3. UartSBee_V4 has an onboard voltage regulator and a switch to allow you to select what voltage (5.0V or 3.3V) you would like to supply to the target circuit board. In our case the target circuit board is Seeeduino Stalker and so you would need to set this slide switch to 5.0 volts

  4. The wiring connection scheme of our hardware is "Computer→(Mini USB Cable)→UartSBee →(Flat Ribbon Cable)→Seeeduino Stalker". The jumper wires must be connected between UartSBee_V4 and Seeeduino Stalker before connecting the UartSBee_V4 to the Computer. Refer the photos below and make sure the signals line up as shown in the table (Note: The TXD and RXD pins must be cross connected as shown in the table).

  5. Next connect the Mini USB cable from UartSBee_V4 to your computer. If you are using a Windows based PC, the "Found New Hardware" balloon will pop up and within a few moments the drivers for FT232RL (i.e. UartSBee_V4) will be installed.

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Seeeduino Stalker v3 <---> UartSBee v4.0 connection

Jumper Wire connections
Seeeduino Stalker UartSBee_V4
Connection Notes
  • Bee series socket - 2*10 pin 2.0mm pitch (which will mate with - one at a time - any of the wireless modules: XBee, BluetoothBee, GPSBee or RFBee.) Communication with these modules are done through UART.
  • Serial interface – To save space and lower costs, USB<->Serial connectivity is not provided by default. You may use the FT232 based UartSBee_V4 or other USB to serial adapter boards to do the programming or communicate with the PC.
  • User LED – An LED has been provided onboard for use in your application as desired.
  • I2C Interface: Onboard I2C level shifter IC provides voltage translation between 3.3V and 5V devices. This allows you to connect 5.0 Volt I2 ICs to you microcontroller when its operating on 3.3 Volts.

Programming Examples

  • Download and install the DS1337 library and sketches available in the resources section. DS1337 library includes modified version DateTime class by Jean-Claude Wippler at JeeLabs

  • The datalogger demo sketches makes use of the Arduino SD Library.

Adjust Date/Time
  • Set Arduino board as **Arduino Pro or Pro Mini (3.3V, 8MHz) w/ ATmega 328**.

  • Open adjust.ino example from DS1337 library

  • Set the current date/time using the DateTime Class object dt in the example:

    • DateTime dt(year, month, date, hour, min, sec,week-day(starts from 0 and goes to 6));

      • Ex:- DateTime dt(2015, 10, 1, 11, 43, 0, 4);
  • compile and upload to Seeeduino-Stalker v3 .

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adjust.ino output

Get Current Date/Time

  • Set Arduino board as **Arduino Pro or Pro Mini (3.3V, 8MHz) w/ ATmega 328** .

  • Open now.ino example from DS1337 library

  • The current date/time is read from DS1337 using function.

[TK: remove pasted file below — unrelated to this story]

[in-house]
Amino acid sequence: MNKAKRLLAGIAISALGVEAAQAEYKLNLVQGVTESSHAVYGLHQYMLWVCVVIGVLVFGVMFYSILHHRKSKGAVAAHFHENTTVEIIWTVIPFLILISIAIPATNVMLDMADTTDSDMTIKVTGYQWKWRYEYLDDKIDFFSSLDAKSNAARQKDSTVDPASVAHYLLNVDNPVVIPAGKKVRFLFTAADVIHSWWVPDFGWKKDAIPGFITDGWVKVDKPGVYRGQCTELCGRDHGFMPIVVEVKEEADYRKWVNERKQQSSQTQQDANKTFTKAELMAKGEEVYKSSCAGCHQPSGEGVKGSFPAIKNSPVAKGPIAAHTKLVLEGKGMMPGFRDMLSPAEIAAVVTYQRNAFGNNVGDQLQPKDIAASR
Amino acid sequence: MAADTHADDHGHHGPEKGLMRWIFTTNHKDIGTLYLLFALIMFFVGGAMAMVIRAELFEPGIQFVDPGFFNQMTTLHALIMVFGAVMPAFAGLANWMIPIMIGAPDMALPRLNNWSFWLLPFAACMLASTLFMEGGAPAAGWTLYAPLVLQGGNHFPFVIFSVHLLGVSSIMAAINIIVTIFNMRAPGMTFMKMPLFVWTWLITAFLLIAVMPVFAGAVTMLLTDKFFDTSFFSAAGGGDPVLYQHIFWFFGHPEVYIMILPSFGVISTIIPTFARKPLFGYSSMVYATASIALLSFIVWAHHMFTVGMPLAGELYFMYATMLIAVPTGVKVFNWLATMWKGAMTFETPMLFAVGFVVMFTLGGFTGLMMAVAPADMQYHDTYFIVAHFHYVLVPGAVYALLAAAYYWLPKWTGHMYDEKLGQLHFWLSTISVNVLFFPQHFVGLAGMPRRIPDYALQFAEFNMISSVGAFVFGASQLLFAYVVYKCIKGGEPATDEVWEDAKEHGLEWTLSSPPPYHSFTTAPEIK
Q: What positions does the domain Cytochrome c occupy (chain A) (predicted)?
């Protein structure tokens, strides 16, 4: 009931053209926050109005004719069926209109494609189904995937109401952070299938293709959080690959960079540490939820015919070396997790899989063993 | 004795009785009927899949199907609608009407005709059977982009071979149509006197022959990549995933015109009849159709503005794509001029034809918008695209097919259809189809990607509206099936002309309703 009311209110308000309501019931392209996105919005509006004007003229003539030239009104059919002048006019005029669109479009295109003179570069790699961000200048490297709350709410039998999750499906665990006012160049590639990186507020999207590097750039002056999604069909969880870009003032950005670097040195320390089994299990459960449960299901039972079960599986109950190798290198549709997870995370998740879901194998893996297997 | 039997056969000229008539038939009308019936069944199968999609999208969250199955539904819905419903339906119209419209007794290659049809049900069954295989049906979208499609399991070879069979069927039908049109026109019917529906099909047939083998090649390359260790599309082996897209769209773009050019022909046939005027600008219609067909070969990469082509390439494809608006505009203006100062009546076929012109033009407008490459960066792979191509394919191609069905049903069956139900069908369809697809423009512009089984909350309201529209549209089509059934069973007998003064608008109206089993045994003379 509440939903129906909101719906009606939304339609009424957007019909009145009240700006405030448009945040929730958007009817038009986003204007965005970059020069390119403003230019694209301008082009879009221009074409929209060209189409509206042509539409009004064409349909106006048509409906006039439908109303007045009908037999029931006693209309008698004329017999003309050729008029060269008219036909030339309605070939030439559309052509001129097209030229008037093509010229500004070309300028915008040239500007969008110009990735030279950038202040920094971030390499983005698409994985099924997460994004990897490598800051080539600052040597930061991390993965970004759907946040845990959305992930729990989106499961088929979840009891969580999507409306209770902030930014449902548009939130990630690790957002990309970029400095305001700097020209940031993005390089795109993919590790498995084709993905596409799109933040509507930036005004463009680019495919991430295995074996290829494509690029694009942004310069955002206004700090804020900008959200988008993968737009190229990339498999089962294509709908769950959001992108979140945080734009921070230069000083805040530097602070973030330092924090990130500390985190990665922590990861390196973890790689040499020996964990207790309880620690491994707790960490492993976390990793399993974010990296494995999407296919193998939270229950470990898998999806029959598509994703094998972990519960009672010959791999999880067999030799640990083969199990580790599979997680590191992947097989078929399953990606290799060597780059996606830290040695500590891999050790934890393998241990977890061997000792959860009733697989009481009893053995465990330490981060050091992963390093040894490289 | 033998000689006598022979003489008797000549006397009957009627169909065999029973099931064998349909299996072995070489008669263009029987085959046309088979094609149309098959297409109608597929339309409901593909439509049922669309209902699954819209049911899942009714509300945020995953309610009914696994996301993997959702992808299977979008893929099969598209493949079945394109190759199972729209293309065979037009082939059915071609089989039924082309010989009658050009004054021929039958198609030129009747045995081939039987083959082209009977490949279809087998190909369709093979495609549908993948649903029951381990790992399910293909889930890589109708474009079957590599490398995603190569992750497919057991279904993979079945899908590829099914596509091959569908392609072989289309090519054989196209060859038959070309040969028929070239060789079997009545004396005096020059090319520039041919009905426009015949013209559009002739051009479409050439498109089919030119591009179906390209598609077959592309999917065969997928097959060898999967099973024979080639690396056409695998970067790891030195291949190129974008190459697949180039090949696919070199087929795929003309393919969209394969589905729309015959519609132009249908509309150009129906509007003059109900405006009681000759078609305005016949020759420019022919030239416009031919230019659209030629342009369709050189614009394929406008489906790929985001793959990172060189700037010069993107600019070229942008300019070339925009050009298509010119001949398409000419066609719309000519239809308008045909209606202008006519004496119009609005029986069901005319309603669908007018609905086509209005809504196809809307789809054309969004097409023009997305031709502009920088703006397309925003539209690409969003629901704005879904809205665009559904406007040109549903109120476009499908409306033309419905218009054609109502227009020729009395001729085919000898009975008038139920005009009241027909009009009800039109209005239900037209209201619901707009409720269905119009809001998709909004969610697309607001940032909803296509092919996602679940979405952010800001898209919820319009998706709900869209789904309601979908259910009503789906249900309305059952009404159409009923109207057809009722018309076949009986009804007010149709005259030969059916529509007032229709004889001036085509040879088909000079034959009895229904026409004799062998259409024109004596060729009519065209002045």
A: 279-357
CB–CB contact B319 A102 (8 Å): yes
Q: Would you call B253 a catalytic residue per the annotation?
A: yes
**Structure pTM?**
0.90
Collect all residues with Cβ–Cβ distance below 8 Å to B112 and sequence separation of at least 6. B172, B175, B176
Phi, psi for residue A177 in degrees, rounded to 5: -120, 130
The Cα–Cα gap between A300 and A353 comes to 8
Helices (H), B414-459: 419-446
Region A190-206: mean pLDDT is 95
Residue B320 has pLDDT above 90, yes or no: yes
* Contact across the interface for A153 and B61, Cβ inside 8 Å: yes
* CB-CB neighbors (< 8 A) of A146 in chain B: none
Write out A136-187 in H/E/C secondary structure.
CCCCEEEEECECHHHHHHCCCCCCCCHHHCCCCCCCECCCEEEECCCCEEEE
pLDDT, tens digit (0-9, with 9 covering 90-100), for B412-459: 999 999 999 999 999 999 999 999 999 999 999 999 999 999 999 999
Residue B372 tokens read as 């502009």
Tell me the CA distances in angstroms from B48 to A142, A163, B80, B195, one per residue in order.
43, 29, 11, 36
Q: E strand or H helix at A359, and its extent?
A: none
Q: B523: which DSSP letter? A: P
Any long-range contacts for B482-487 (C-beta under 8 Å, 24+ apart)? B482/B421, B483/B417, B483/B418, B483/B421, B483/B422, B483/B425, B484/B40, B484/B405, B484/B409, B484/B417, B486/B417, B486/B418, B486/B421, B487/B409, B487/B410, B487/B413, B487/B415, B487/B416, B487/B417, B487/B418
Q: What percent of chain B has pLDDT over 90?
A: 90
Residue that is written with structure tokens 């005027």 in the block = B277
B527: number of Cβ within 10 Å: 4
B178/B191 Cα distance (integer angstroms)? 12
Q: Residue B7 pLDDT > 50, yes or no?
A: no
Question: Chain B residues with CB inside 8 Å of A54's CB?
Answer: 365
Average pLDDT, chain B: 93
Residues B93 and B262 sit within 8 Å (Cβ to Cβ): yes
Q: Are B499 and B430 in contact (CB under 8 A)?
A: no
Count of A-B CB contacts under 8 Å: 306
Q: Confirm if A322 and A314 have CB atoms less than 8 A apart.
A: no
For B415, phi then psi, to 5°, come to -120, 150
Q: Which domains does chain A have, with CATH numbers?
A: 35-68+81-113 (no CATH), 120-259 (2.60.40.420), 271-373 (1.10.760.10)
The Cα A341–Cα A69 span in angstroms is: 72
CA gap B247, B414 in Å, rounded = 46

• Ex:- DateTime now =;
  • compile and upload to Seeeduino-Stalker v3

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now.ino output

DS1337 Interrupts

This example is a demonstration of interrupt detection from DS1337 INT output. This feature is useful for data-logger functionality where the MCU is put to sleep mode when not in use and DS1337 INT wakes up the CPU periodically. This extends battery power. The complete operation is documented in the code.

  • Solder P3 jumper.

    • This connects the DS1337 interrupt out pin to ATmega328 INT0 pin.
  • Set Arduino board as **Arduino Pro or Pro Mini (3.3V, 8MHz) w/ ATmega 328**.

  • Open interrupts.ino example from DS1337 library

  • compile and upload to Seeeduino-Stalker v3

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Data Logger Example

The principal application of Seeeduino Stalker v3.0 is data-logging of sensor signal like battery voltage, etc along with the time-stamp. These sketch puts the MCU in sleep mode when not performing data sampling / logging operation. The complete implementation is documented very well in the code. The following section gives an overview :

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Data Logger examples hardware setup

  1. StalkerV30_DataLogger_10Sec.ino

    • This sketch logs battery voltage data to SD card configured by RTC.enableInterrupts(_h, m, s_) function.

    • The periodicity is provided using h, m and s. Once an interrupt is detected, the next interrupt time is updated by advancing the h,m and s value. The DateTime Class comes handy for this.

      • ex:- interruptTime = DateTime(interruptTime.get() + interruptInterval); //decide the time for next interrupt

      • This sketch also produces verbose output i.e the various events happening inside MCU are displayed in serial terminal.

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Overview of Data-logger implementation